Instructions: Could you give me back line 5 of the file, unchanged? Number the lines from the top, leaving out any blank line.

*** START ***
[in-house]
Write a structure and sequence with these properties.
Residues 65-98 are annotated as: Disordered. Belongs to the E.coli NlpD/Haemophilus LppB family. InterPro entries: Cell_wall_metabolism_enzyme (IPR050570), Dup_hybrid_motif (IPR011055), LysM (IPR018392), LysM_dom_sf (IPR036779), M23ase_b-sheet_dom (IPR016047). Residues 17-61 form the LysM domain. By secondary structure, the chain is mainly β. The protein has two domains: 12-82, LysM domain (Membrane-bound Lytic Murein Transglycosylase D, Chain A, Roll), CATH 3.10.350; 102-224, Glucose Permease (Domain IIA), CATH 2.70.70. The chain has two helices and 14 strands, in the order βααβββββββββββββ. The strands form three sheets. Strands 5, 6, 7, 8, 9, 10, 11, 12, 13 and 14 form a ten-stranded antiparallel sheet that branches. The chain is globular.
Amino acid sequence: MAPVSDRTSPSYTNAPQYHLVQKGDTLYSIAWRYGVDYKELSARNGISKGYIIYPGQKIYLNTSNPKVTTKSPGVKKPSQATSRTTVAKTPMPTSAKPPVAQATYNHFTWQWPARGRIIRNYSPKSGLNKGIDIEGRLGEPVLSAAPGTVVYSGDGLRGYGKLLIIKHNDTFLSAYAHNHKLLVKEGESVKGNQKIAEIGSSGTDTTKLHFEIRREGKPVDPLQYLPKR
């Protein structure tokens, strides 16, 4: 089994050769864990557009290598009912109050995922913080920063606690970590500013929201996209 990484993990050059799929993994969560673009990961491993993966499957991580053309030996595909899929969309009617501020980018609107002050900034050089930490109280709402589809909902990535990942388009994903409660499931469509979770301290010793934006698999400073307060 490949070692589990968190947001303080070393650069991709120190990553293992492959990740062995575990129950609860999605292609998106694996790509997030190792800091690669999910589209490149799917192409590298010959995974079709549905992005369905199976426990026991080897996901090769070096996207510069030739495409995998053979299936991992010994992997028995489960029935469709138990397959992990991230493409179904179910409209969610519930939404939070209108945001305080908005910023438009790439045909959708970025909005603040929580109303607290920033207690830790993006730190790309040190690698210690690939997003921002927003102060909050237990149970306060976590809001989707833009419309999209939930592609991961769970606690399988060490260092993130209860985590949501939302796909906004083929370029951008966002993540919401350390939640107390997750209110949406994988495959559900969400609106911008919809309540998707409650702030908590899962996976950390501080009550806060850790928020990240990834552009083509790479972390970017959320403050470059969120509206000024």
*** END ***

């Protein structure tokens, strides 16, 4: 089994050769864990557009290598009912109050995922913080920063606690970590500013929201996209 990484993990050059799929993994969560673009990961491993993966499957991580053309030996595909899929969309009617501020980018609107002050900034050089930490109280709402589809909902990535990942388009994903409660499931469509979770301290010793934006698999400073307060 490949070692589990968190947001303080070393650069991709120190990553293992492959990740062995575990129950609860999605292609998106694996790509997030190792800091690669999910589209490149799917192409590298010959995974079709549905992005369905199976426990026991080897996901090769070096996207510069030739495409995998053979299936991992010994992997028995489960029935469709138990397959992990991230493409179904179910409209969610519930939404939070209108945001305080908005910023438009790439045909959708970025909005603040929580109303607290920033207690830790993006730190790309040190690698210690690939997003921002927003102060909050237990149970306060976590809001989707833009419309999209939930592609991961769970606690399988060490260092993130209860985590949501939302796909906004083929370029951008966002993540919401350390939640107390997750209110949406994988495959559900969400609106911008919809309540998707409650702030908590899962996976950390501080009550806060850790928020990240990834552009083509790479972390970017959320403050470059969120509206000024």